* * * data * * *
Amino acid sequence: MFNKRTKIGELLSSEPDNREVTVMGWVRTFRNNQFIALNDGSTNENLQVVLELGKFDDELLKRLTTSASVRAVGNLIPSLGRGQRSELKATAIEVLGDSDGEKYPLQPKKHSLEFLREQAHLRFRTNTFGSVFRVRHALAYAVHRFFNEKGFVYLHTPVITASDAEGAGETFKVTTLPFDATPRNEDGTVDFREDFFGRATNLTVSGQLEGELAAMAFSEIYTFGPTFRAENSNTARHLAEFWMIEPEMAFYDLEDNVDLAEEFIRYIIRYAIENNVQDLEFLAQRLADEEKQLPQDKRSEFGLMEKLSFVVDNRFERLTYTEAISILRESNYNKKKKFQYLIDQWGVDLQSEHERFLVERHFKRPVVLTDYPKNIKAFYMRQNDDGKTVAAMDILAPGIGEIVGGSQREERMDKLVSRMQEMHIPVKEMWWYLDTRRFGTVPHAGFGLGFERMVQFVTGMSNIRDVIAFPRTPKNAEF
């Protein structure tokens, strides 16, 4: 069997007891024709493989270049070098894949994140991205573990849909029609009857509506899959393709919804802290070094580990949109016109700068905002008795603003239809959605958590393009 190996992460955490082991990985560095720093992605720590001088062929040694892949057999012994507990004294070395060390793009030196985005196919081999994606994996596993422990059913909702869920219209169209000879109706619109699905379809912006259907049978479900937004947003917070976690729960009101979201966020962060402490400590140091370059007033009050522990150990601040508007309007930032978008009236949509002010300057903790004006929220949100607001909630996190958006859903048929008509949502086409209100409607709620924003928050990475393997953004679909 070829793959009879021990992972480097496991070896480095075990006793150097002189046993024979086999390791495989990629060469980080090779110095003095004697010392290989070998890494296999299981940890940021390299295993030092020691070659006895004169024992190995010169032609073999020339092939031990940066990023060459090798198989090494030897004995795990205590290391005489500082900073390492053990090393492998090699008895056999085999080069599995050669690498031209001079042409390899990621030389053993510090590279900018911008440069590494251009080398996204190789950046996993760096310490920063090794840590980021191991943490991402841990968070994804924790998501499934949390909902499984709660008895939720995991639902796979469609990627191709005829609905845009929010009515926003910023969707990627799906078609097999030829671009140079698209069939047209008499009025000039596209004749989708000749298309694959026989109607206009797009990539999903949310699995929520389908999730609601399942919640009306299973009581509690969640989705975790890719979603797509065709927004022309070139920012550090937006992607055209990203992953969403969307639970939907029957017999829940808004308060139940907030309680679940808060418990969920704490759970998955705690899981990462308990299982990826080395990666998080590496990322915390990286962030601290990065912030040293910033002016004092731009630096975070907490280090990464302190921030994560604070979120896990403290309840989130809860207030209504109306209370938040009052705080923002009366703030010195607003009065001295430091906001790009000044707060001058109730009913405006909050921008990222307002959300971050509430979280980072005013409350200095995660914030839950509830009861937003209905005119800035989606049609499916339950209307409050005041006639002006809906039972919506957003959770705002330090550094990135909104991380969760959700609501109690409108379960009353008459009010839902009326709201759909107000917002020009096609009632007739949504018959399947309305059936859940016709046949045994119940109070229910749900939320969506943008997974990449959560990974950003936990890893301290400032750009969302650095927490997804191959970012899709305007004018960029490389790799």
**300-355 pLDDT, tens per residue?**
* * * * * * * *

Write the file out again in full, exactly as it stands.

Amino acid sequence: MFNKRTKIGELLSSEPDNREVTVMGWVRTFRNNQFIALNDGSTNENLQVVLELGKFDDELLKRLTTSASVRAVGNLIPSLGRGQRSELKATAIEVLGDSDGEKYPLQPKKHSLEFLREQAHLRFRTNTFGSVFRVRHALAYAVHRFFNEKGFVYLHTPVITASDAEGAGETFKVTTLPFDATPRNEDGTVDFREDFFGRATNLTVSGQLEGELAAMAFSEIYTFGPTFRAENSNTARHLAEFWMIEPEMAFYDLEDNVDLAEEFIRYIIRYAIENNVQDLEFLAQRLADEEKQLPQDKRSEFGLMEKLSFVVDNRFERLTYTEAISILRESNYNKKKKFQYLIDQWGVDLQSEHERFLVERHFKRPVVLTDYPKNIKAFYMRQNDDGKTVAAMDILAPGIGEIVGGSQREERMDKLVSRMQEMHIPVKEMWWYLDTRRFGTVPHAGFGLGFERMVQFVTGMSNIRDVIAFPRTPKNAEF
């Protein structure tokens, strides 16, 4: 069997007891024709493989270049070098894949994140991205573990849909029609009857509506899959393709919804802290070094580990949109016109700068905002008795603003239809959605958590393009 190996992460955490082991990985560095720093992605720590001088062929040694892949057999012994507990004294070395060390793009030196985005196919081999994606994996596993422990059913909702869920219209169209000879109706619109699905379809912006259907049978479900937004947003917070976690729960009101979201966020962060402490400590140091370059007033009050522990150990601040508007309007930032978008009236949509002010300057903790004006929220949100607001909630996190958006859903048929008509949502086409209100409607709620924003928050990475393997953004679909 070829793959009879021990992972480097496991070896480095075990006793150097002189046993024979086999390791495989990629060469980080090779110095003095004697010392290989070998890494296999299981940890940021390299295993030092020691070659006895004169024992190995010169032609073999020339092939031990940066990023060459090798198989090494030897004995795990205590290391005489500082900073390492053990090393492998090699008895056999085999080069599995050669690498031209001079042409390899990621030389053993510090590279900018911008440069590494251009080398996204190789950046996993760096310490920063090794840590980021191991943490991402841990968070994804924790998501499934949390909902499984709660008895939720995991639902796979469609990627191709005829609905845009929010009515926003910023969707990627799906078609097999030829671009140079698209069939047209008499009025000039596209004749989708000749298309694959026989109607206009797009990539999903949310699995929520389908999730609601399942919640009306299973009581509690969640989705975790890719979603797509065709927004022309070139920012550090937006992607055209990203992953969403969307639970939907029957017999829940808004308060139940907030309680679940808060418990969920704490759970998955705690899981990462308990299982990826080395990666998080590496990322915390990286962030601290990065912030040293910033002016004092731009630096975070907490280090990464302190921030994560604070979120896990403290309840989130809860207030209504109306209370938040009052705080923002009366703030010195607003009065001295430091906001790009000044707060001058109730009913405006909050921008990222307002959300971050509430979280980072005013409350200095995660914030839950509830009861937003209905005119800035989606049609499916339950209307409050005041006639002006809906039972919506957003959770705002330090550094990135909104991380969760959700609501109690409108379960009353008459009010839902009326709201759909107000917002020009096609009632007739949504018959399947309305059936859940016709046949045994119940109070229910749900939320969506943008997974990449959560990974950003936990890893301290400032750009969302650095927490997804191959970012899709305007004018960029490389790799």
**300-355 pLDDT, tens per residue?**